A look into the work life of UTPD female officers

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Photo Credit: Brooke Crim | Daily Texan Staff

UT Police Department Lt. Laura Davis had just finished walking a woman to her car late at night when she first realized the difference between being a female cop and a male cop.

“The woman told me that she was going to watch me safely get back to my car,” Davis said. “I doubt she would have done that for a male police officer. I didn’t take it as something horrible though, because I knew she was just trying to look out for me too.”

Davis is one of 11 female police officers for UTPD, which is comprised of about 95 police officers.

“Not a lot of kids are raised thinking that police work is for girls,” Davis said. “That’s the only reason I can think of for the small number of female officers.”

Davis, who has worked at the UTPD for almost 19 years, said she chose to be a police officer because she likes to teach people different ways to stay safe. Being a woman never stopped her from pursuing this dream, Davis said.

“My dad was a chief of police and my mom was a teacher, so I thought I could get the best of both worlds by being in police work,” Davis said. “My grandmother was a little shocked because she expected me to be a secretary, but overall my family is very proud of me for what I’ve done.”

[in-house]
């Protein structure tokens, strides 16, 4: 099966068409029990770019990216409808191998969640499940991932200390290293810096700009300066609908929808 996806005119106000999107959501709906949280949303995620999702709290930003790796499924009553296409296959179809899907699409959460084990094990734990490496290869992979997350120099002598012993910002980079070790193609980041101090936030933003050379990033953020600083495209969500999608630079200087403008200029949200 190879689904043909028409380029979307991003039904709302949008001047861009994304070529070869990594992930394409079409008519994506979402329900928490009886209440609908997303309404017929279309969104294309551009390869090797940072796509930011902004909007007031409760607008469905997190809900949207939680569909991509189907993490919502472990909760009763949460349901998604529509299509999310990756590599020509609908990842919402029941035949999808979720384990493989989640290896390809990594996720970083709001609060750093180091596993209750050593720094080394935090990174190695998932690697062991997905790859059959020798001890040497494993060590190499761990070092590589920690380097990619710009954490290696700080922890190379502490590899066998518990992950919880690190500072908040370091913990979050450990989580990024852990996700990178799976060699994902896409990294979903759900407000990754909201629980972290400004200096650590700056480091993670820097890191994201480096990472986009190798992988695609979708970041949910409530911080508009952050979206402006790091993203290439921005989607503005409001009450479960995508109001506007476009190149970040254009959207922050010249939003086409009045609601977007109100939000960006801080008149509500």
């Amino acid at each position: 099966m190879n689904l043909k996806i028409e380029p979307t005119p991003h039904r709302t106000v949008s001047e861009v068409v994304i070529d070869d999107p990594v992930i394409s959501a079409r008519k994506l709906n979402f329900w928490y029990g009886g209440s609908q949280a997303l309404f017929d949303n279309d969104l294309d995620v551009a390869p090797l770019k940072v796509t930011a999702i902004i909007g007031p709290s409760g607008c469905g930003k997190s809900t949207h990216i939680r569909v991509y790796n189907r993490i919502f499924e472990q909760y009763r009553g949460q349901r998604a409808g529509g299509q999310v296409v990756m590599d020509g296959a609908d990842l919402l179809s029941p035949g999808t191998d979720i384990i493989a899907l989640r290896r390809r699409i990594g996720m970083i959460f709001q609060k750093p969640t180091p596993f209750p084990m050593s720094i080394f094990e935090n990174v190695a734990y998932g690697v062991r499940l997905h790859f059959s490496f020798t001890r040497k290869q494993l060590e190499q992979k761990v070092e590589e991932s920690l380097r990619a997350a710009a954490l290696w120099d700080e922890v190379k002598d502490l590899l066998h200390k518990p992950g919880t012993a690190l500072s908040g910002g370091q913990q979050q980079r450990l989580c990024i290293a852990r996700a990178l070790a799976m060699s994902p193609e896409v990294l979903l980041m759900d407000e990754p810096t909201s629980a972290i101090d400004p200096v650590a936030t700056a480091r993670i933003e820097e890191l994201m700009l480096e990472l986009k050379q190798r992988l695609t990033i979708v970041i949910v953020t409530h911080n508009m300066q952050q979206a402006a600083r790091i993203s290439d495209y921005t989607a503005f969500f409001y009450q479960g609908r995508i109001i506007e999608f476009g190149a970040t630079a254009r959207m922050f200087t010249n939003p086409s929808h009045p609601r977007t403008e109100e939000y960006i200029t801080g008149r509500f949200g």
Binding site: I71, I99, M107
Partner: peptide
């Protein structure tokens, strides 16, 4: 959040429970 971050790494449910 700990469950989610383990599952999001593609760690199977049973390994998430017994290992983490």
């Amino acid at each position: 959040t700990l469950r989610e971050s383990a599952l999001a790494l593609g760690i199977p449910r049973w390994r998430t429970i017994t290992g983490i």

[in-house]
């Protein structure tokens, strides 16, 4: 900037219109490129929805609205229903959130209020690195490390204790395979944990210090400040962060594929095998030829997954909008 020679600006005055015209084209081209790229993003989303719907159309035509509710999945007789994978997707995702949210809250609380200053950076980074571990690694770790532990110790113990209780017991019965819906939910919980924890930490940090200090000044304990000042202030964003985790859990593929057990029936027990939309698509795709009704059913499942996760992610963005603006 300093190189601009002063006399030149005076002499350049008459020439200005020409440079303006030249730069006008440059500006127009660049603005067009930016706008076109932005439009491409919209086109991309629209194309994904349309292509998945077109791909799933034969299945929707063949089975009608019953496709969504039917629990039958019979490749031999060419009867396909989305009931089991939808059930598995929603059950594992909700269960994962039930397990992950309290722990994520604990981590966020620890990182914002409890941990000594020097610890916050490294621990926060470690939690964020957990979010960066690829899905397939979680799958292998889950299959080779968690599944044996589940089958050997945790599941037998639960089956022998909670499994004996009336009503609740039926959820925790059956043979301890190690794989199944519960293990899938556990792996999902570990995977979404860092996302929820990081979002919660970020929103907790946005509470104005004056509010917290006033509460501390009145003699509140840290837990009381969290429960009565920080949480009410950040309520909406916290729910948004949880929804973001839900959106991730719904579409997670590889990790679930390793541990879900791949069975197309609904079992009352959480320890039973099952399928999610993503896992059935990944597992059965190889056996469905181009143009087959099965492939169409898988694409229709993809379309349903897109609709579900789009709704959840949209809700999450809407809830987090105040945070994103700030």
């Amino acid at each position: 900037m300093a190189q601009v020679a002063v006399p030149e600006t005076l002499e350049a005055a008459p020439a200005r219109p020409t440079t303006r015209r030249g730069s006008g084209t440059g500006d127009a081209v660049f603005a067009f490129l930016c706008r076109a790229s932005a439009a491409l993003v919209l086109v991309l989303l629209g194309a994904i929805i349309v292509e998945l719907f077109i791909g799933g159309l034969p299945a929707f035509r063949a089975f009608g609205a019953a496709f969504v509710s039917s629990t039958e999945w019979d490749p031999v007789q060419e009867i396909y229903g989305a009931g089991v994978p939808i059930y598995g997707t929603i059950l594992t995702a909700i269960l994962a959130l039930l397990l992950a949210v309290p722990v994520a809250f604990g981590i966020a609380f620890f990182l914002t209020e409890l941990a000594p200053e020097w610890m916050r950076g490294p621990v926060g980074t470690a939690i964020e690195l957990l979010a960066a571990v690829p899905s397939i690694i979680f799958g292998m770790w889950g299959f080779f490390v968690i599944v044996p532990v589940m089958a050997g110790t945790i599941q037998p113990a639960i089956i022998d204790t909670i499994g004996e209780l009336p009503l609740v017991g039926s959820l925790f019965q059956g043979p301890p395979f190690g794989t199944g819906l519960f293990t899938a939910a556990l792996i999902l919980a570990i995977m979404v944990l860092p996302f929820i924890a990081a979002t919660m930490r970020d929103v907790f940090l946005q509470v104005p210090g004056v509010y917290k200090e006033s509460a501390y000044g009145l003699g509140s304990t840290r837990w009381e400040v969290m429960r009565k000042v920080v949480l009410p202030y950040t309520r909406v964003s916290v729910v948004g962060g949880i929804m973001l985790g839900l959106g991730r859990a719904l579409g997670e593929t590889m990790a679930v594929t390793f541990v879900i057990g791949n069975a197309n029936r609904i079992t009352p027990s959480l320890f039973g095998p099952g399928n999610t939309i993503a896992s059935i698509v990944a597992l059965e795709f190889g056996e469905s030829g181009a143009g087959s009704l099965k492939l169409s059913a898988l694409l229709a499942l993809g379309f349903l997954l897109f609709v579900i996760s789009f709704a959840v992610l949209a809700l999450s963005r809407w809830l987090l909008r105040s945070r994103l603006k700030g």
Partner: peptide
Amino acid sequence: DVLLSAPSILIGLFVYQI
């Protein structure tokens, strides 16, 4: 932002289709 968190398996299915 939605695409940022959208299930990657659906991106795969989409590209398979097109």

Although people think it’s harder to be a female police officer because they have different advantages than male officers in certain areas of police work that make the job easier, Davis said.

“I definitely think (females) are better talkers,” Davis said. “When you’re a police officer, 90 percent of your job is talking to the public, and this generally comes easier to women. It gives us a different facet to working in law enforcement.”

Davis said people act differently at crime scenes because she is a female officer.

“Sometimes when we come on a scene, it will de-escalate just because it’s a female officer handling it,” Davis said. “It’s not always the truth, but it happens because someone doesn’t want to act a certain way in front of me. People tend to get more upset when they see male police officers.”

Professional accounting graduate student Tasha Torres said she has only seen one female police officer on campus.

“Police officers are not typically seen as a female job,” Torres said. “In the grander scheme of things, women do not feel as motivated to pursue law enforcement as a career because they assume police departments are only looking for male officers. It’s probably not the truth, but that doesn’t mean people don’t believe it.”

Davis said she is grateful for the opportunity to be a police officer and acknowledges that women in the past were not given the same access to law enforcement jobs.

“We have come a long way,” Davis said. “Nationally, over 14 percent of police departments are female and I appreciate all the work the women that came before me have done to break barriers. I try to teach my nieces that they can do whatever they set their mind to, even if it’s not seen as something that is considered a traditional female role.”